The Red Soldier Forum
December 16, 2017, 05:42:40 AM *
Welcome, Guest. Please login or register.

Login with username, password and session length
News: SMF - Just Installed!
   Home   Help Search Login Register  
Pages: [1]
Author Topic: An Interesting E-mail I recevied  (Read 3858 times)
Posts: 12

View Profile
« on: July 15, 2010, 08:39:07 PM »

I received a quick note from someone who was interested in purchasing the book. It contained am interesting tidbit;

"I am anxious to read your book. A relative served w/ the 6th Army and was not returned to Germany until 1958."

This sparked a rather lengthy, but what I think many may find to be an intereting, reply;

"If/When you order a copy and read through "snow and steel" I'd love to hear your thoughts on it.


Many of the men in the German Sixth army were draftees - they were not "nazis" per se, but were forced to be there. That is not to say that there weren't nazi's there, but rather, that not everyone there was a nazi. It can also be said that there were certainly some terrible people in the Soviet army at the time as well. I've tried very hard to illustrate that point throughout this book - that there were both good and bad people on Both sides. I hope it comes through.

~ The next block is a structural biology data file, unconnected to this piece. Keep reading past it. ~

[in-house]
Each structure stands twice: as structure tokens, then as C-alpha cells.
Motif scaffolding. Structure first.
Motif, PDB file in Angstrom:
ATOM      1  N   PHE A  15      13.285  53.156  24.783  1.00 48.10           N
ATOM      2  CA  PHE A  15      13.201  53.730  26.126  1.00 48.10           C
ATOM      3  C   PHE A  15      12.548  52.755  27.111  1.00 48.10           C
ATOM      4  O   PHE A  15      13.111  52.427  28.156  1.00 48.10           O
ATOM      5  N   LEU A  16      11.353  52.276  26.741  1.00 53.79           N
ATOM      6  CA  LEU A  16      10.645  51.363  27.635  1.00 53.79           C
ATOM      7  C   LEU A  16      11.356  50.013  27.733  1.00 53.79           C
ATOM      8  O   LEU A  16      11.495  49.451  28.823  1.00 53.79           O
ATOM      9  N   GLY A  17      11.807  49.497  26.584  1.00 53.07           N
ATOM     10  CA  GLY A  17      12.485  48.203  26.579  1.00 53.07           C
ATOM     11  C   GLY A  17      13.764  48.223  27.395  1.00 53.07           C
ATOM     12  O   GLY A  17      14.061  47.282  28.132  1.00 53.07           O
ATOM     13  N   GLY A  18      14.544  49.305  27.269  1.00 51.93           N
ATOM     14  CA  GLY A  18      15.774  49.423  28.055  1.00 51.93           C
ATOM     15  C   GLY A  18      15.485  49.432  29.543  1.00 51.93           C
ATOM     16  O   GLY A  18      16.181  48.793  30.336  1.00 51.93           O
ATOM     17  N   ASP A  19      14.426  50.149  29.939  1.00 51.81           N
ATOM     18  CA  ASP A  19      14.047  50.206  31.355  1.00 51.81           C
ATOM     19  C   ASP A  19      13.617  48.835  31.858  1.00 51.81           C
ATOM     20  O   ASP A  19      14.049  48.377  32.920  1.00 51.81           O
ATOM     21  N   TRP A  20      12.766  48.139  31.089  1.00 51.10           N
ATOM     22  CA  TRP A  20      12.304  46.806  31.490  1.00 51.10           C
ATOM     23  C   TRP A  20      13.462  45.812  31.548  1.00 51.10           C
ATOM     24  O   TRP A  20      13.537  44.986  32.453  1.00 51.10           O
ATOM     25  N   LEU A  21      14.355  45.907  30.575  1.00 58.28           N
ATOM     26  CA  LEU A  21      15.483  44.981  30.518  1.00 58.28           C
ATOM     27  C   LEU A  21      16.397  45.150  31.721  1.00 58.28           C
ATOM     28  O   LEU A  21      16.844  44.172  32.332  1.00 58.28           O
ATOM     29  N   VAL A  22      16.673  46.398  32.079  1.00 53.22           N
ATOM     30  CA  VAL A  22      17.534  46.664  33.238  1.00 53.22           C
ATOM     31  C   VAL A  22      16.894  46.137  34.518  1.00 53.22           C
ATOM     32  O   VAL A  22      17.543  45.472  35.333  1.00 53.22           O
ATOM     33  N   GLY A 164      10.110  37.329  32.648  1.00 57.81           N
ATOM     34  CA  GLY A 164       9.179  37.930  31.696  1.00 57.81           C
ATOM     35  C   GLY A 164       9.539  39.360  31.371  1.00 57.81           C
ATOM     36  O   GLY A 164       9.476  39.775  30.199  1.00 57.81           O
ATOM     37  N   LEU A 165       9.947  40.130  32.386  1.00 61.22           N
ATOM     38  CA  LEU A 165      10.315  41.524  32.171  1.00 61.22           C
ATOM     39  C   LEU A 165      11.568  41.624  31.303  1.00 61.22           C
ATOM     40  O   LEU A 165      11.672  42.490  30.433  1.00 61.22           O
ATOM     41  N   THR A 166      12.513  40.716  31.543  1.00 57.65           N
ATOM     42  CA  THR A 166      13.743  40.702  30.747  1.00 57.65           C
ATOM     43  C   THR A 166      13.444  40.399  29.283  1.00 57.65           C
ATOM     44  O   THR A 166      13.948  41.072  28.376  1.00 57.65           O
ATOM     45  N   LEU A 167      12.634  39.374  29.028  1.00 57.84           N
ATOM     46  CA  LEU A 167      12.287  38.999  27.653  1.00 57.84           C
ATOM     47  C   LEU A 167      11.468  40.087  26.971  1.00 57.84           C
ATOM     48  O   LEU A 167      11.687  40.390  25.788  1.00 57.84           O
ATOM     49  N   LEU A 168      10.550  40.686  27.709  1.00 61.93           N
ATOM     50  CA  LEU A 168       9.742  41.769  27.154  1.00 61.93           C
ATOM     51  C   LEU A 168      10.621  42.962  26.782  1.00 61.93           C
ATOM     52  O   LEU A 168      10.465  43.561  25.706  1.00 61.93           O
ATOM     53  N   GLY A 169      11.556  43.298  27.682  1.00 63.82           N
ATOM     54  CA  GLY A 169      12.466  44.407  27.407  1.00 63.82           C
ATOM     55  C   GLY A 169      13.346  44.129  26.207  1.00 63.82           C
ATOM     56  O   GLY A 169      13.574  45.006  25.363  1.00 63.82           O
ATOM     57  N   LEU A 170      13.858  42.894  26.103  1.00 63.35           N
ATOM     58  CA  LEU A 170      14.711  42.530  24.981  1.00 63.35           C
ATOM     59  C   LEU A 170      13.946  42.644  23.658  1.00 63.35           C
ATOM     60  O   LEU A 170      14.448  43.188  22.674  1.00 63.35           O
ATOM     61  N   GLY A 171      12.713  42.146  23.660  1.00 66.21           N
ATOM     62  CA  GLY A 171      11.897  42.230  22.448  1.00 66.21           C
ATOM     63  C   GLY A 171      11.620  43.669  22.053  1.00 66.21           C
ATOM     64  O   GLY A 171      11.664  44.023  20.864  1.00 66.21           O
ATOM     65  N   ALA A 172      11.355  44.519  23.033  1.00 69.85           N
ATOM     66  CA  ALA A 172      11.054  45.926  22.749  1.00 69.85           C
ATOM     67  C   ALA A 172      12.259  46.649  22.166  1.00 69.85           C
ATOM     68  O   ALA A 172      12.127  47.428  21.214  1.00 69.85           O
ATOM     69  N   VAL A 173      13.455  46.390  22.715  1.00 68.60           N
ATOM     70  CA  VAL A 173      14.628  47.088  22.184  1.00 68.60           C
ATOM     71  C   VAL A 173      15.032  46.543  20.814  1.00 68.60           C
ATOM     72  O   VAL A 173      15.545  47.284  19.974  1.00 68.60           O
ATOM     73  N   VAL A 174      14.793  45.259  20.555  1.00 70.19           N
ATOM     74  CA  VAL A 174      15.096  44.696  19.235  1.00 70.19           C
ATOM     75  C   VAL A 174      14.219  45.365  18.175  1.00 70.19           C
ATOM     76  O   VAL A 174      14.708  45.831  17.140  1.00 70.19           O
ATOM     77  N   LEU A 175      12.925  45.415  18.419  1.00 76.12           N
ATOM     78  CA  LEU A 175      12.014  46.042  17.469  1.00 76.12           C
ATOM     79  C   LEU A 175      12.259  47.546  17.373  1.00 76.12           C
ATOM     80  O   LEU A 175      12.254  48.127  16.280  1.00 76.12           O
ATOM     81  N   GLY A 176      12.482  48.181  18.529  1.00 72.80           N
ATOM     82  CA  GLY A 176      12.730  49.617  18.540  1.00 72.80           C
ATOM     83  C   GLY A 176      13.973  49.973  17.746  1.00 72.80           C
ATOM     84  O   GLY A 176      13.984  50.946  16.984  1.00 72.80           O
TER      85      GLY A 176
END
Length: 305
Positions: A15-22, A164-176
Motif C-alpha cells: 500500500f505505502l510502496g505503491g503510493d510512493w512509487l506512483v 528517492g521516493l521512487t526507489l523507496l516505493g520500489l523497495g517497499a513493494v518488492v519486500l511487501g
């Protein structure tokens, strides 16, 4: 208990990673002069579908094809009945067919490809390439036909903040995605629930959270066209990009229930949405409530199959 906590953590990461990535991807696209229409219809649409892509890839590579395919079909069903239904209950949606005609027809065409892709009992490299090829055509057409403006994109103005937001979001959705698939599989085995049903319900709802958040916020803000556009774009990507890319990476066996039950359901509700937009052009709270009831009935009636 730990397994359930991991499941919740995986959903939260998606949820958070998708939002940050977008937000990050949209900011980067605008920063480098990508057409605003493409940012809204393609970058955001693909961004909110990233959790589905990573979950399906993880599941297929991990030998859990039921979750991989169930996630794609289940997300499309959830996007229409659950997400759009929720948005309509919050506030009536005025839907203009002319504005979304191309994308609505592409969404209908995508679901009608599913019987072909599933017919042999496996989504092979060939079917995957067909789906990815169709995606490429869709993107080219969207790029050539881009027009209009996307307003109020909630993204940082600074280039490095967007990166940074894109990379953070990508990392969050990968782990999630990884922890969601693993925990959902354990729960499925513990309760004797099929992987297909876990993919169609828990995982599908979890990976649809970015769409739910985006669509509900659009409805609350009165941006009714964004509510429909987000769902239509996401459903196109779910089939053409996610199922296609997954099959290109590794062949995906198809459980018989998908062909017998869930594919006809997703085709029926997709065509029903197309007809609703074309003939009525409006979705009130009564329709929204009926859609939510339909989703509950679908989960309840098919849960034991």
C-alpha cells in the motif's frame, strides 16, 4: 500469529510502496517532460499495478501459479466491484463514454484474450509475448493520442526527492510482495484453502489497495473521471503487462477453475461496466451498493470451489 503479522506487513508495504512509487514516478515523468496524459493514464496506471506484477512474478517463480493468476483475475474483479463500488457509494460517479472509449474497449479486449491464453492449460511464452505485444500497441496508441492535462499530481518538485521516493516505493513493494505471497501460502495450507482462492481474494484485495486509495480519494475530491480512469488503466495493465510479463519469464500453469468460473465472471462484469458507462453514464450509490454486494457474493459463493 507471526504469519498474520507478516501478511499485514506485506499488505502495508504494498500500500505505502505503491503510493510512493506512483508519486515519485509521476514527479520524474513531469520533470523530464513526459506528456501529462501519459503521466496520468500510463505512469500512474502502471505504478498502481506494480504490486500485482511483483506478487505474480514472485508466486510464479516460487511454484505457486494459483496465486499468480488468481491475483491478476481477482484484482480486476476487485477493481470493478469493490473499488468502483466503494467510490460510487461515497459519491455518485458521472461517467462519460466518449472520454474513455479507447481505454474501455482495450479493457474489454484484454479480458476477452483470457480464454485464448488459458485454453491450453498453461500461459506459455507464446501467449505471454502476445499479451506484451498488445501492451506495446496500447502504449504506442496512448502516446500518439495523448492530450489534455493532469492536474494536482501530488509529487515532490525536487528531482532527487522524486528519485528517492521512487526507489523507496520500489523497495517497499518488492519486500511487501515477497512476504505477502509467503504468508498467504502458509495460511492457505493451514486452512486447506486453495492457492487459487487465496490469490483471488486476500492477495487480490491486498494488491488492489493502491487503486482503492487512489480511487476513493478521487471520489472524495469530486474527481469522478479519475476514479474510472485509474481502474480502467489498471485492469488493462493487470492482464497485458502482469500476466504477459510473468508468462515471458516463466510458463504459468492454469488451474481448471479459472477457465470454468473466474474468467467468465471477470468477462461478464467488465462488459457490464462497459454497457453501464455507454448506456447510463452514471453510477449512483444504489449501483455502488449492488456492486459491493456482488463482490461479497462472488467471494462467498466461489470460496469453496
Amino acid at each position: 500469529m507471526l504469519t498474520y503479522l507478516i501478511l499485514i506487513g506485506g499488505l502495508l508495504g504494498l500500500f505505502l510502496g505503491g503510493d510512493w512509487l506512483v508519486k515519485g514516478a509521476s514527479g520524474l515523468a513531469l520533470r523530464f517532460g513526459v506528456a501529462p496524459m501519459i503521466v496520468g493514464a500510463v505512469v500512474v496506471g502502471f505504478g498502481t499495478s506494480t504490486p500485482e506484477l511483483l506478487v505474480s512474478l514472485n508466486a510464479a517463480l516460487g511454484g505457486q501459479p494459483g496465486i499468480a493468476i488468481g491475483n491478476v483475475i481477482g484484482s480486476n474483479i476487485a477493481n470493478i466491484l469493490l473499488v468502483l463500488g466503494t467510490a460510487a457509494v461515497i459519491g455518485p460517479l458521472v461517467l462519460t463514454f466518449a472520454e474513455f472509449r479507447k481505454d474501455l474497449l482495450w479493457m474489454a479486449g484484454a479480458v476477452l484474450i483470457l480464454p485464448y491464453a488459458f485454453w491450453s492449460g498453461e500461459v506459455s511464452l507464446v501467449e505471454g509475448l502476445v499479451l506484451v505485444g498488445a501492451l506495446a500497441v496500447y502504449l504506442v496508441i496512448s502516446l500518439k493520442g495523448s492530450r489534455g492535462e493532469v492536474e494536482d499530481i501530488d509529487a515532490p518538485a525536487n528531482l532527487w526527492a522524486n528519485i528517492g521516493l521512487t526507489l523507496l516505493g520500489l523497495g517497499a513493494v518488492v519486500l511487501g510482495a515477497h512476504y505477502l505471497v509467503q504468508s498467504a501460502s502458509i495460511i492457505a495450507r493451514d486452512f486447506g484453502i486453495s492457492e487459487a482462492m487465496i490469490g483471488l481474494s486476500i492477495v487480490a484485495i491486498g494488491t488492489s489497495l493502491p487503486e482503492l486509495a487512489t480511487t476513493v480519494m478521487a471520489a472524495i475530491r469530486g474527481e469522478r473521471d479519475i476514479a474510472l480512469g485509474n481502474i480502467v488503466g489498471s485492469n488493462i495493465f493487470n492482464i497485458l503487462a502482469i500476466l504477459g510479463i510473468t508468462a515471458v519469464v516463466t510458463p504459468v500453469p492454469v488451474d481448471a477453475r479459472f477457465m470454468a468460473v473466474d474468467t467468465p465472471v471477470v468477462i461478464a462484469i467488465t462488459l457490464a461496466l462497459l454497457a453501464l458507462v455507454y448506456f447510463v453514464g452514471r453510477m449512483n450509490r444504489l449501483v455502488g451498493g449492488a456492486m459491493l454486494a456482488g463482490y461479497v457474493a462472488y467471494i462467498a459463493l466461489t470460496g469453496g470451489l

Some of the things the Soviets did to Germany after the war in thier frusrtation and revenge were equelly as bad as what the Nazi's did to them in the first place. "An eye for an eye" leaves the whole world blind, some say. While this story is told form the Russian perspective, I hope there is some comfort in the unwashed and unabashed display of both depravity and kindness on both sides that is represented in this story.
Life in the Gulag for captured members of the German army was brutish and harsh, and often short. If your relatve returned home, then he truly must have been a strong individual. The german 6th army took 85% casualties before surrendering, most prefering death to capture as they knew how harsh the POW treatment would be. Out of the 90,000 Germans who marched into Soviet captivity at Stalingrad, only roughly 5,000 ever returned from Russia. Most German POWs were held for ten years or more after the war. This makes your relative one of the roughly 1% to survive and come home. Amazing odds, by anyone's counting.


The book is available by order through nearly every major book retailer as well as Amazon and many other online book sellers. I would like to offer to you, however, that should you choose to buy the book direct from us, please drop me a line at and I'll see to it that you receive an autographed copy by the authors, specifically made out to you.


I hope you enjoy the book, and if I can be of any further assistance, or you have any questions-commens-concerns, don't hesitate to let us know."
Pages: [1]
Jump to:  

Powered by MySQL Powered by PHP Powered by SMF 1.1.11 | SMF © 2006-2009, Simple Machines LLC Valid XHTML 1.0! Valid CSS!